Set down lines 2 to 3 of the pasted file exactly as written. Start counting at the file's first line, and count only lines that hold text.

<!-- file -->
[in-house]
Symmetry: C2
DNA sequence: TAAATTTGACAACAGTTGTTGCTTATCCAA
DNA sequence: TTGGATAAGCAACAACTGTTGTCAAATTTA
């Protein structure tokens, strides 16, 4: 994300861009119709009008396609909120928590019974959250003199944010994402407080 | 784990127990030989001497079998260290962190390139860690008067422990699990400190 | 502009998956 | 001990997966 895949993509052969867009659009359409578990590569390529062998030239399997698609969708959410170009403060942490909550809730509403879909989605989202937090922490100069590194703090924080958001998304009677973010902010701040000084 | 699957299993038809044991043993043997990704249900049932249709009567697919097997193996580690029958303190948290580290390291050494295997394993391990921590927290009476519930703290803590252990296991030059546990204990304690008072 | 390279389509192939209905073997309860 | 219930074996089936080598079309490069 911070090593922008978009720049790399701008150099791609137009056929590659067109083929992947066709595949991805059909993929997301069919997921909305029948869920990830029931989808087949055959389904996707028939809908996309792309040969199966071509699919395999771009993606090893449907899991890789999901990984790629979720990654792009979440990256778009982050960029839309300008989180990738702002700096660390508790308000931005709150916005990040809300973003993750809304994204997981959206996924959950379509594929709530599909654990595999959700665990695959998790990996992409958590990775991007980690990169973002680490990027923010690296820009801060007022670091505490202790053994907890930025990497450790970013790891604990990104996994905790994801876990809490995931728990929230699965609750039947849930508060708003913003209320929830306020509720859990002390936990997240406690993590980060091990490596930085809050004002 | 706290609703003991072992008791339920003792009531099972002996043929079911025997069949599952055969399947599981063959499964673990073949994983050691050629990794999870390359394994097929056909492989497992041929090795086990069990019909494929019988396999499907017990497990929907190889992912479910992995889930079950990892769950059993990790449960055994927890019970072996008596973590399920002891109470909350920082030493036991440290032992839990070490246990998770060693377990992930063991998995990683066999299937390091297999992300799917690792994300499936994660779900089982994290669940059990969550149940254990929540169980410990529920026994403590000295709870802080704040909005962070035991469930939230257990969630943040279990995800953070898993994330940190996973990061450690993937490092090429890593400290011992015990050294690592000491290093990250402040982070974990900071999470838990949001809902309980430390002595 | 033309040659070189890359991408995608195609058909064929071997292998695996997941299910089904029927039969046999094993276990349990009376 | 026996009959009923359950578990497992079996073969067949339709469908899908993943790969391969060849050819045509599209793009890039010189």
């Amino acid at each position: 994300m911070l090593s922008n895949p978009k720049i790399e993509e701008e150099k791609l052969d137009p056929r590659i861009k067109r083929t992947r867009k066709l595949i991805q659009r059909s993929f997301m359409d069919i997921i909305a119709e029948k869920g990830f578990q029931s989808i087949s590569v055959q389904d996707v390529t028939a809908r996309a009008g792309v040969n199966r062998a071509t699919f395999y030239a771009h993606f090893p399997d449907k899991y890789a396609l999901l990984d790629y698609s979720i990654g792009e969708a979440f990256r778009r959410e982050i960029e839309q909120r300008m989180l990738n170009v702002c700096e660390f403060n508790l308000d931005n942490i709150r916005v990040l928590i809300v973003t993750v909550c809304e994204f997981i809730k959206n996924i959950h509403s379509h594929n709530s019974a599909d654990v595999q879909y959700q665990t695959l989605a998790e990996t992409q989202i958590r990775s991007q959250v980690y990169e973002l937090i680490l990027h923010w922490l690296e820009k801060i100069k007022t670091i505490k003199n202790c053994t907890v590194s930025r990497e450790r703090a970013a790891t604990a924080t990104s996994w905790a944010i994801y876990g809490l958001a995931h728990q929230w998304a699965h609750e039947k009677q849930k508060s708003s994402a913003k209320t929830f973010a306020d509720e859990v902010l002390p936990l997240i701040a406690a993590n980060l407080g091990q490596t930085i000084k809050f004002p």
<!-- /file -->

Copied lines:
Symmetry: C2
DNA sequence: TAAATTTGACAACAGTTGTTGCTTATCCAA